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The Rhetoric of Disclosure in James Thomson's The Seasons ; or, On Kant's Gentlemanly Misanthropy

The Rhetoric of Disclosure in James Thomson's The Seasons ; or, On Kant's Gentlemanly Misanthropy Dennis Desroches St. Thomas University . . . the sun appears. In order to disappear. It is there, but as the invisible source of light, in a kind of insistent eclipse, more than essential, producing the essence--Being and appearing--of what is. One looks at it directly on pain of blindness and death. --Jacques Derrida1 I. INTRODUCTION One best begins a meditation on James Thomson's The Seasons with critical indictments of the fragmentary, unreadable, or otherwise less-than-fortuitous features of the poem--at least, this seems to have been the standard practice since A. D. McKillop's excavatory work of 1942, The Background of Thomson's Seasons. For a beginning, I will alter this lofty tradition only slightly by reproducing the indictments of others, rather than articulating any of my own. McKillop: we have seen that his [Thomson's] flights in science and philosophy can best be understood by allowing for the natural drift of his mind, the association, whether rigorously logical or not, of his ideas. . . .2 Patricia Meyer Spacks: It is manifestly impossible to "rescue" Thomson's diction for the modern reader: its remoteness, its air of contrivance, its frequently unjustified portentousness are all profound obstacles. Only in isolated passages is http://www.deepdyve.com/assets/images/DeepDyve-Logo-lg.png The Eighteenth Century University of Pennsylvania Press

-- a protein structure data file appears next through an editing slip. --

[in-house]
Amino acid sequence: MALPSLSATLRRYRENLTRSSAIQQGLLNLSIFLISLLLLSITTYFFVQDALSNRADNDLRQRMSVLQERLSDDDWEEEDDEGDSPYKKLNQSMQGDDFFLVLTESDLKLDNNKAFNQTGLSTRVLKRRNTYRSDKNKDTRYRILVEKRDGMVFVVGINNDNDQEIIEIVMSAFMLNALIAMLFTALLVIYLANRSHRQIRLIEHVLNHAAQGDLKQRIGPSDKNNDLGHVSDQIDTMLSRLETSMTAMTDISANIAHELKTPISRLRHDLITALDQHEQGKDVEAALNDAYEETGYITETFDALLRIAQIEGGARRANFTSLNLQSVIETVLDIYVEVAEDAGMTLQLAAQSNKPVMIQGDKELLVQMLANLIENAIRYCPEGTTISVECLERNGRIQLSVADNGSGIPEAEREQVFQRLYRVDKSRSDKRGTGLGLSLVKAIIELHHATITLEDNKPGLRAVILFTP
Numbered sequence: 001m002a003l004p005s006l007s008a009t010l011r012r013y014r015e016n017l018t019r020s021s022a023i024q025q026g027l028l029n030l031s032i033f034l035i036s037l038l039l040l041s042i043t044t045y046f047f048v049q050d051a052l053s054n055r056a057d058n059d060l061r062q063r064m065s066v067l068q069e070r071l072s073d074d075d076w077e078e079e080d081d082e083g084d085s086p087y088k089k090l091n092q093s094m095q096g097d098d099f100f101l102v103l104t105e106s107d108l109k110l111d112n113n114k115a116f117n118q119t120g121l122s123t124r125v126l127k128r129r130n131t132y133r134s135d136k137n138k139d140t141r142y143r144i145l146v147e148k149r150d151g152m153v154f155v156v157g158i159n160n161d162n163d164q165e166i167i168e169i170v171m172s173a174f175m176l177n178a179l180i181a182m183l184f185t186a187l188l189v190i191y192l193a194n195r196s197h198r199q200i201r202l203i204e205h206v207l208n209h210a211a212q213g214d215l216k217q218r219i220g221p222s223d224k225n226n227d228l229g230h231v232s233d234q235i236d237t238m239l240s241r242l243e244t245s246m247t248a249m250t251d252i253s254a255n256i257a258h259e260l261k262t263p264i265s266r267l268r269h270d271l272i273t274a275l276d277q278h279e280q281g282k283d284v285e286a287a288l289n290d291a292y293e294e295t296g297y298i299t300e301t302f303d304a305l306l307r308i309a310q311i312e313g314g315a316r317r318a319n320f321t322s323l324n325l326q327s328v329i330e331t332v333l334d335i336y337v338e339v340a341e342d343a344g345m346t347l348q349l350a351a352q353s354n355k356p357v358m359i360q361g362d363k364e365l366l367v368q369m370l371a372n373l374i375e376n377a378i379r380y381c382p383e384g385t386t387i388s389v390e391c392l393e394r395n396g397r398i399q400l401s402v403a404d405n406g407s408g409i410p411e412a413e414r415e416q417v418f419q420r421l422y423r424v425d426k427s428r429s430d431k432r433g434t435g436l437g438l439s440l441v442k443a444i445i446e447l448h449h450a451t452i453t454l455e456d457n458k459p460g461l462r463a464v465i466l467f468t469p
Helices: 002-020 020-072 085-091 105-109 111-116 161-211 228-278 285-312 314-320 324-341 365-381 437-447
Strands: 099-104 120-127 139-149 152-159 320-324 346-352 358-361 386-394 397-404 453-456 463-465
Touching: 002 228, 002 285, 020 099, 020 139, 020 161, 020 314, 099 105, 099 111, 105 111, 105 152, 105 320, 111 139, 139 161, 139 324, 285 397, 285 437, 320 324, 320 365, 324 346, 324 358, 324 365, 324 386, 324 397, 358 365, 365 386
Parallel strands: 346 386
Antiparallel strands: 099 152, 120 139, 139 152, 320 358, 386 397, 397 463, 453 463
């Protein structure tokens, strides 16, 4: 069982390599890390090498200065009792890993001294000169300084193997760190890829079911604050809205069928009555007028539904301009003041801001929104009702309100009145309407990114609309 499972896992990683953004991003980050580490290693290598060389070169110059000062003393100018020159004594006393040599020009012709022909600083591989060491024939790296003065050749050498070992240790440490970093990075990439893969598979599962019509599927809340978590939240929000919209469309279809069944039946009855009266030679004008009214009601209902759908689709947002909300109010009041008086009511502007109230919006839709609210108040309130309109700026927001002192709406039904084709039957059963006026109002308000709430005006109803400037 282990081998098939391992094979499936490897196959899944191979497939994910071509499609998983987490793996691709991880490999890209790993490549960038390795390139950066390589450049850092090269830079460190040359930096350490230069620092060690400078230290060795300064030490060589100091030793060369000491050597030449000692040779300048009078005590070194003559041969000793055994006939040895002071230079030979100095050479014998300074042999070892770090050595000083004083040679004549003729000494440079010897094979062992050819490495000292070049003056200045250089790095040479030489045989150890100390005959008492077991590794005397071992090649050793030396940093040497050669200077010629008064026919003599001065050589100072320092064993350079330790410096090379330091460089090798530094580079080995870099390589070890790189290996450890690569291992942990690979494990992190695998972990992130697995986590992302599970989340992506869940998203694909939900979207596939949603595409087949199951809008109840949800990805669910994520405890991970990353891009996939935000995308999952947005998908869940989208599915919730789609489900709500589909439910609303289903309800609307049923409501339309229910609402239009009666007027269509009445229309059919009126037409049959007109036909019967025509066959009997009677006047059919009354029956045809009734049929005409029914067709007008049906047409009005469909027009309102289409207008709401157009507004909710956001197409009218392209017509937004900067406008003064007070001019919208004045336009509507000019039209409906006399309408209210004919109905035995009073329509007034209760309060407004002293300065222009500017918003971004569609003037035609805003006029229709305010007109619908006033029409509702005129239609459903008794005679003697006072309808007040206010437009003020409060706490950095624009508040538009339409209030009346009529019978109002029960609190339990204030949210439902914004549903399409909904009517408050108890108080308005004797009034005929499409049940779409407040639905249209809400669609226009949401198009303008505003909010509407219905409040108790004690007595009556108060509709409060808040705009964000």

The Rhetoric of Disclosure in James Thomson's The Seasons ; or, On Kant's Gentlemanly Misanthropy

The Eighteenth Century , Volume 49 (1) – Apr 26, 2008

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Publisher
University of Pennsylvania Press
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Copyright © 2008 Texas Tech University Press
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1935-0201
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Abstract

Dennis Desroches St. Thomas University . . . the sun appears. In order to disappear. It is there, but as the invisible source of light, in a kind of insistent eclipse, more than essential, producing the essence--Being and appearing--of what is. One looks at it directly on pain of blindness and death. --Jacques Derrida1 I. INTRODUCTION One best begins a meditation on James Thomson's The Seasons with critical indictments of the fragmentary, unreadable, or otherwise less-than-fortuitous features of the poem--at least, this seems to have been the standard practice since A. D. McKillop's excavatory work of 1942, The Background of Thomson's Seasons. For a beginning, I will alter this lofty tradition only slightly by reproducing the indictments of others, rather than articulating any of my own. McKillop: we have seen that his [Thomson's] flights in science and philosophy can best be understood by allowing for the natural drift of his mind, the association, whether rigorously logical or not, of his ideas. . . .2 Patricia Meyer Spacks: It is manifestly impossible to "rescue" Thomson's diction for the modern reader: its remoteness, its air of contrivance, its frequently unjustified portentousness are all profound obstacles. Only in isolated passages is

Journal

The Eighteenth CenturyUniversity of Pennsylvania Press

Published: Apr 26, 2008

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